The Grace Foundation’s recently filed lawsuit targeting Bank of America, Wells Fargo Bank and Orange County attorney Tim Ryan was met with a counter-suit threat from Ryan, who told Village Life he’s days away from filing a claim for $5 million plus punitive damages for “trade libel” against foundation Director Beth DeCaprio, citing “grotesquely and verifiably factually inaccurate claims” in her lawsuit.
Ryan also announced plans to file a motion for sanctions against Grace Foundation legal counsel Stuart Leviton for failing to verify the facts of the case and the details of pertinent laws.
The El Dorado Hills animal rescue’s lawsuit was filed in El Dorado County Superior Court on July 6. It seeks “at least $2 million” and, according to accompanying press releases, up to $20 million, alleging the fraudulent transfer of 36 horses, 14 of which were pregnant, from the now-infamous Whispering Pines Ranch in Susanville to the foundation while an outstanding bankruptcy filing protected the horses as assets of ranch owner Dwight Bennett.
In e-mails to Village Life Ryan insisted his actions on behalf of the Grace Foundation were made in good faith, and that the lawsuit’s allegations that he was “less than forthright” to the bankruptcy court and the foundation “are flatly contradicted by the transcript.”
He notes that superior court and bankruptcy court judges approved the removal of the horses, notwithstanding the bankruptcy, then condemned Leviton for not bothering to understand “exceptions to the automatic stay set forth in the bankruptcy code” which allowed “removal of horses from a filthy, carcass infested, likely disease ridden ranch wherein up to 30 horses starved to death … that was being occupied by squatters burning trash.”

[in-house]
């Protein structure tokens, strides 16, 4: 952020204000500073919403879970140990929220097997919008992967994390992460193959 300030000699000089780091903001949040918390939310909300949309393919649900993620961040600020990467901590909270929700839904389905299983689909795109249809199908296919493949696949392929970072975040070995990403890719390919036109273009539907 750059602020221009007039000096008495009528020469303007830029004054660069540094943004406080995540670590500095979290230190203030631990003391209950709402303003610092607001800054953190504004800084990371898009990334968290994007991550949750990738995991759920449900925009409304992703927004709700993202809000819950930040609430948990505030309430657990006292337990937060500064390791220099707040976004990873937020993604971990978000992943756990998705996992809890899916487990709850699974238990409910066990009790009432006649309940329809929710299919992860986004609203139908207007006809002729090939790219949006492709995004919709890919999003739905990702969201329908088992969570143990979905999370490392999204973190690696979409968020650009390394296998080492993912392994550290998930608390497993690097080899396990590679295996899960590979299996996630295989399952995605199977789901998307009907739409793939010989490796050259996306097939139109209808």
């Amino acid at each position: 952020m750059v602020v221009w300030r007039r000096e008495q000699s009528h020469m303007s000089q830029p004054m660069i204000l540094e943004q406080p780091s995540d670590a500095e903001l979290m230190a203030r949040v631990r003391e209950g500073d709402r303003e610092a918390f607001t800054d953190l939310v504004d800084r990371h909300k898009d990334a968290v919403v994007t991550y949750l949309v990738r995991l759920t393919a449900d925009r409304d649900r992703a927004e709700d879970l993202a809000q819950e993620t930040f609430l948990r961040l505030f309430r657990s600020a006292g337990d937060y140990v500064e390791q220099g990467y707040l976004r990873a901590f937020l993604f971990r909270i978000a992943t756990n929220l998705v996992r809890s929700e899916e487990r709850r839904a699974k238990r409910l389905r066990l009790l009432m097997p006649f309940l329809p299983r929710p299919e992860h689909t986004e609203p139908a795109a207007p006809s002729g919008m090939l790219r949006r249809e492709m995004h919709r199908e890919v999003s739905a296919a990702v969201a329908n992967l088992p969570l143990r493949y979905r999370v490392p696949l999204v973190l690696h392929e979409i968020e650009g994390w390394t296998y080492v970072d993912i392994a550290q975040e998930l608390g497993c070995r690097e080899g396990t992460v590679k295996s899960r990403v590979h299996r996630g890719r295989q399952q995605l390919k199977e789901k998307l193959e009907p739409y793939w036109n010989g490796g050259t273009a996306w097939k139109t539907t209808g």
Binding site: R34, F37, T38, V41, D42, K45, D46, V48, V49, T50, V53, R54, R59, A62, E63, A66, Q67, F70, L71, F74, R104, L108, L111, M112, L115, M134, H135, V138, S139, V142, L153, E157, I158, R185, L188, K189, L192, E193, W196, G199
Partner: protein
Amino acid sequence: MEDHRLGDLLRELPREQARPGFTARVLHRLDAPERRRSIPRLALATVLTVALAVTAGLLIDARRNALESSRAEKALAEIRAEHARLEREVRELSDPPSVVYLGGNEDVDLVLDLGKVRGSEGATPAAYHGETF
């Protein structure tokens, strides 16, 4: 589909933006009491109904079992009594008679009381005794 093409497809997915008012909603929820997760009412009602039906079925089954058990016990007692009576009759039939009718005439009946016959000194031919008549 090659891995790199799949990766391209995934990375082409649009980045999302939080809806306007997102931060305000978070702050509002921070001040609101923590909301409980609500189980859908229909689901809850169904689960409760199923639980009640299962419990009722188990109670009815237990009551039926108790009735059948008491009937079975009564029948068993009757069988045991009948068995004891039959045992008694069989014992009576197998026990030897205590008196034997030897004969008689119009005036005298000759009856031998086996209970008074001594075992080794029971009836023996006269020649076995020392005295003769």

Informed on Saturday of Ryan’s stated intent to file a libel suit against her, an angry DeCaprio replied, “Let him, and make him prove it … and Tim, you can explain to me how you’re not responsible for this. If not you, Tim, then who?”
DeCaprio said she’s asked the Attorney General to investigate, and expects charges to be filed.
The bankruptcy claim protected Bennett’s ranch from the banks trying to foreclose on it, and protected the horses as his assets. This prohibited the foundation from doing anything that diminished the value of the assets, including terminate potentially disastrous, and ultimately expensive, pregnancies. It also blocked any adoptions.
Ryan counters that bankruptcy law allows “regulatory and police power exceptions to the automatic stay set forth in the bankruptcy code,” and that Lassen County Superior Court Judge Giordano approved of the removal “notwithstanding the bankruptcy, as did Judge McManus, the bankruptcy judge in charge of Mr. Bennett’s case.”
The banks each issued similar statements in response to the foundation’s lawsuit, denying fraudulently transferring the horses, citing legal documents that indicate the foundation actually received the horses from Lassen County.
The Bank of America response also states, “At no time did the Bank of America have any ownership interest in the horses or the property.” The banks donated a combined $40,000 to the foundation in August 2011 which, according to the lawsuit, was based on the foundation being allowed to abort pregnancies and quickly adopt any healthy Susanville horses. Lassen County also agreed to a $10,000 donation, which has not been received, according to the lawsuit.
The banks recently offered another $400,000, an amount based on figures cited by the Grace Foundation in May. But DeCaprio refused the money. Early cost estimates were “mainly just (the cost of) feed,” she said. “I was trying to keep costs down to get them (the banks) to take it. We were all on the same team back then.” Her board of directors subsequently demanded a comprehensive accounting of all the costs associated with Susanville horses, including the indirect costs of the difficult births, DeCaprio said. The estimate quickly rose from $300,000 to $400,000 in May, then to $500,000 in June, according to foundation e-mails. The costs peaked at $870,000 in July, the lawsuit states.